Singal’s feature relies on the fraught situation of a teen making a decision about their identity. But he fails to consider other fraught situations happening around the same time in a child’s life, situations that we accept as normal. The exploration of a teen’s gender identity happens around the same time that students are making decisions about college. Even though studies have shown that 75 percent of college students end up completely changing their major, we still ask young people to decide whether they’re going to go into thousands of dollars in student-loan debt in order to go to college. Young people all across the country are making difficult decisions about whether they should have sex, drink at a party, or leave their home and rent an apartment. Exploration and experience are precisely the things that bring about change to our identities—this is, and always has been, normal.
Singal uses this word, fraught, several times throughout his feature. He implies that if you are a parent of a child who is exploring a trans identity, then you should be in a state of panic. Moreover, it behooves you, as a parent, to draw a line in the sand, marking just how far you should let your child explore their identity. This is most evident when Singal discusses Heather and Mike, the parents of a 14-year-old he calls Claire (these are all pseudonyms) who ultimately decided that transitioning wasn’t right for her. Singal writes, “The most important thing she could do was affirm her daughter, which Heather and Mike interpreted as meaning they should agree with her declarations that she was transgender. Even if they weren’t so certain.” It’s perfectly normal for a teen to try out what feels right. But Heather and Mike postponed finding doctors who could help Claire, “telling her they were looking but hadn’t been able to find anyone yet.” They also cut off her internet access. When adults prevent young people from sifting through their identity, it leads to self-harm or worse.
Let me tell you a story. A few years ago, I was volunteering for a crisis hotline when I got a call from a teen in a state on the edge of the Bible Belt. They whispered their whole way through the call. They told me that they were trans and they couldn’t talk about it with their parents, but they desperately needed to talk with someone. I searched for a few resources in their city while we were on the phone, and when I asked them if they had a pen to take down a few numbers, I heard them breathe a sigh of relief. They were finally going to get some support.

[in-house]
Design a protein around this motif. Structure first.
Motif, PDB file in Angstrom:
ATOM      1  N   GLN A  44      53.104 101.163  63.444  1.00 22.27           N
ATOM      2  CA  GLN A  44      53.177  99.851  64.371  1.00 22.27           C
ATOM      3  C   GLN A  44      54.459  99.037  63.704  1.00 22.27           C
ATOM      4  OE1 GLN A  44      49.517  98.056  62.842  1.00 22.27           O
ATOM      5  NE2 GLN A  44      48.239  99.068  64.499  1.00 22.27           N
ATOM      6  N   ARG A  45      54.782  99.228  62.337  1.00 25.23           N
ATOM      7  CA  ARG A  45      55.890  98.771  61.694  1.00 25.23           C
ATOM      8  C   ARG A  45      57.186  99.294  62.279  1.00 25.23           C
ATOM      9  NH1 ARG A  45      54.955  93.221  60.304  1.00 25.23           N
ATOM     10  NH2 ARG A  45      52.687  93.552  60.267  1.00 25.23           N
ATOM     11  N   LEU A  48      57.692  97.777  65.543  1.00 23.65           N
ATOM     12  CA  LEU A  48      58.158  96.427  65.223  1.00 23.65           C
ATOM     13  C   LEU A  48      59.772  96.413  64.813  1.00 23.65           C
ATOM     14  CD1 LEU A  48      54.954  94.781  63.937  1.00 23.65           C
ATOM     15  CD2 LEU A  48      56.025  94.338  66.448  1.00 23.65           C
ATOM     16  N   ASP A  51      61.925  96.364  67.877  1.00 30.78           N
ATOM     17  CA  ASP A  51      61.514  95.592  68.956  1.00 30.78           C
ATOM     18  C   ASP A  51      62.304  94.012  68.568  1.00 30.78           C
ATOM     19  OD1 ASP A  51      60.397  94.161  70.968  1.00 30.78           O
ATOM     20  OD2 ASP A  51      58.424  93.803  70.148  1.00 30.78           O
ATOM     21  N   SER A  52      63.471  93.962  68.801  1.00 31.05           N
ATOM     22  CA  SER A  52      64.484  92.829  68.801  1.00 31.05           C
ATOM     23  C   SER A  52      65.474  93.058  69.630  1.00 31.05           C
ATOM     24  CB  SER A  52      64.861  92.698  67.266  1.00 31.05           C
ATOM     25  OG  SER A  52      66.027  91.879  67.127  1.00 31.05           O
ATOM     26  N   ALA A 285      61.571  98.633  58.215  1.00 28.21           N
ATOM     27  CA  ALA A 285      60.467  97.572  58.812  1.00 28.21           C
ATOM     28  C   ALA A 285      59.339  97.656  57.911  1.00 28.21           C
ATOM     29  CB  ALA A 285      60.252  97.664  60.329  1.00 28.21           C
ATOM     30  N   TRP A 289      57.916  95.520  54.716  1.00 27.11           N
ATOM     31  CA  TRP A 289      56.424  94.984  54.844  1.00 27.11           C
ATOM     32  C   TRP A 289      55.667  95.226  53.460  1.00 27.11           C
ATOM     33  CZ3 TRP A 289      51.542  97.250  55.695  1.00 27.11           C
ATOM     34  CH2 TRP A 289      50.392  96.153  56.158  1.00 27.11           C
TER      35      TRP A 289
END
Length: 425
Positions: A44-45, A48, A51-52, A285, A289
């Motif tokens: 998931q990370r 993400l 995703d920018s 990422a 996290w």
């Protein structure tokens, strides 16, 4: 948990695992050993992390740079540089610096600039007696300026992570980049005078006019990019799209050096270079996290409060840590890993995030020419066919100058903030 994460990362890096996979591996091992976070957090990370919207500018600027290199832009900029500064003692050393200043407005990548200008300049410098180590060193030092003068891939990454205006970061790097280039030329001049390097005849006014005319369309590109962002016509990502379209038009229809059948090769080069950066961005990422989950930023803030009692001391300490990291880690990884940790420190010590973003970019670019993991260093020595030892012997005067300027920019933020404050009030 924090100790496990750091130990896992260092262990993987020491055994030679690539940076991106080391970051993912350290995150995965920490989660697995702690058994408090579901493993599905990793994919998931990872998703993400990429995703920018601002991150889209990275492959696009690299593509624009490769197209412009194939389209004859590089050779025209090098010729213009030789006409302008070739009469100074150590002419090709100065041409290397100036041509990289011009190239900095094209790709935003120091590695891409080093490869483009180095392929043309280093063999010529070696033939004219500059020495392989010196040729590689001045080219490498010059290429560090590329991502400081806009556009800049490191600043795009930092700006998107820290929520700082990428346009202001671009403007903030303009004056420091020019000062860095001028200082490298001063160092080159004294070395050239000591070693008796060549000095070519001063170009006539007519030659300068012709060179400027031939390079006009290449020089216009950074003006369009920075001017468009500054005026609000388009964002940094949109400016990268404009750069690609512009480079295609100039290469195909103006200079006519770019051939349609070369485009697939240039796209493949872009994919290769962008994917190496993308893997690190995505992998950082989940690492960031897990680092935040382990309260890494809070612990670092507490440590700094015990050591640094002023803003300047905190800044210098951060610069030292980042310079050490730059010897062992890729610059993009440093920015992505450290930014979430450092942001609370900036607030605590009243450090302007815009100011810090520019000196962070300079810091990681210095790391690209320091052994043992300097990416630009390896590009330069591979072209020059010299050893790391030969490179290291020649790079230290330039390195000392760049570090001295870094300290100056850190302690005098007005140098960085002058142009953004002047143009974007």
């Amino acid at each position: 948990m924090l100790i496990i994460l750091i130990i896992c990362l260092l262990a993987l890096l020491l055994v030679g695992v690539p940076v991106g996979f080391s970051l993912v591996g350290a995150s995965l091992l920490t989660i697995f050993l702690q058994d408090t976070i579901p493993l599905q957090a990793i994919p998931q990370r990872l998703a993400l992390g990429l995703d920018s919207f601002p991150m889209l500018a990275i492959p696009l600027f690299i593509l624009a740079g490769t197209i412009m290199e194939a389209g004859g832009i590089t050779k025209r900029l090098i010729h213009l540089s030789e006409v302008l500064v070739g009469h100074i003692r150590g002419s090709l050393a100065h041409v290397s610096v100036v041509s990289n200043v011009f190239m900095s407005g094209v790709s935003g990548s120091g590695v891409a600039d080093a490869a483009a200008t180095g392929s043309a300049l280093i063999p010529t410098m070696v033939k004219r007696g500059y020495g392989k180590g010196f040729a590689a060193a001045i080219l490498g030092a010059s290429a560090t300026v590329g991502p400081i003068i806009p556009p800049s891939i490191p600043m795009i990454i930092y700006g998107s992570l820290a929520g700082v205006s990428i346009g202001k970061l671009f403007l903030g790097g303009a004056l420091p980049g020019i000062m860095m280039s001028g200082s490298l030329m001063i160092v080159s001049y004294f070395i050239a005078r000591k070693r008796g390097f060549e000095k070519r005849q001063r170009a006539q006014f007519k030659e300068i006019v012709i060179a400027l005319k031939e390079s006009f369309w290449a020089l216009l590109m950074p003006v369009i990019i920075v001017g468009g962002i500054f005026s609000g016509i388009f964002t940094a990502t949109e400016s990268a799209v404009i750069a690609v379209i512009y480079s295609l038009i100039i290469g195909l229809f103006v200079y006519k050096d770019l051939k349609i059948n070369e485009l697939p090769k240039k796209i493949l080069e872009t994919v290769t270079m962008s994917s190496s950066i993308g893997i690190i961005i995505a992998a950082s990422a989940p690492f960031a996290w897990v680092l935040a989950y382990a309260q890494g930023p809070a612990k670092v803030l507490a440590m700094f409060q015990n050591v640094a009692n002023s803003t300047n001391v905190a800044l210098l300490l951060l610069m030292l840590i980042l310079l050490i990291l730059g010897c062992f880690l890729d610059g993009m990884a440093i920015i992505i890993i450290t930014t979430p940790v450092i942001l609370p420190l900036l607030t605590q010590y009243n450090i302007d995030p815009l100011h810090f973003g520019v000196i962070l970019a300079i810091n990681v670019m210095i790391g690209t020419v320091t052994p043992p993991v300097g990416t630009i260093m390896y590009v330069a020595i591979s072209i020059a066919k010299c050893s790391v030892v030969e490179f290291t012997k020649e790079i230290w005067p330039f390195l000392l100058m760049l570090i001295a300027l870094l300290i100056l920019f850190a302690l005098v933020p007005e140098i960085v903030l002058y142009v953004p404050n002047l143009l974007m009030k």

When we got off the phone I let out a deep breath of my own. I was thankful that I was able to help this teen make it through the night. But this feeling of relief was soon replaced with frustration. That teen shouldn’t have had their moment of comfort with a stranger. It should have been with their parents. Would this teen go through life thinking that it was okay to be trans only as long as they were in a crisis? What precedent does that set?
There’s something so glaringly obvious about the people Singal interviewed for his feature on detransitioning. Did you catch it? They’re all alive.
In a 2015 study conducted by Pace, an LGBTQ mental-health charity, 48 percent of trans people under the age of 26 said they had attempted suicide. Additionally, 59 percent reported having considered it in the past year. For the sake of comparison, the Pace study also found that only 26 percent of cisgender people under the age of 26 had ever attempted suicide.
Leelah Alcorn was 17 when she committed suicide, leaving behind a Tumblr post about her struggle to be seen for who she was. Alcorn’s death attracted international attention. “The longer you wait, the harder it is to transition,” she wrote. “I felt hopeless, that I was just going to look like a man in drag for the rest of my life. On my 16th birthday, when I didn’t receive consent from my parents to start transitioning, I cried myself to sleep.”
Society has done nothing for trans youth for so many years. People have to trust that the youth who sway in the breeze of gender will land on their feet when they’re ready. Wherever that is, it’ll be beautiful.
In Singal’s feature, he talks about how there’s not a one-size-fits-all solution for what parents should do for their child if they’re trans. He’s right. There’s not. But he goes wrong when he creates fear that exploring a nonnormative gender identity might lead down roads that are dangerous, or fraught. Singal writes, “Some families will find a series of forking paths, and won’t always know which direction is best.”
No one can ever know which direction is best. That’s part of living.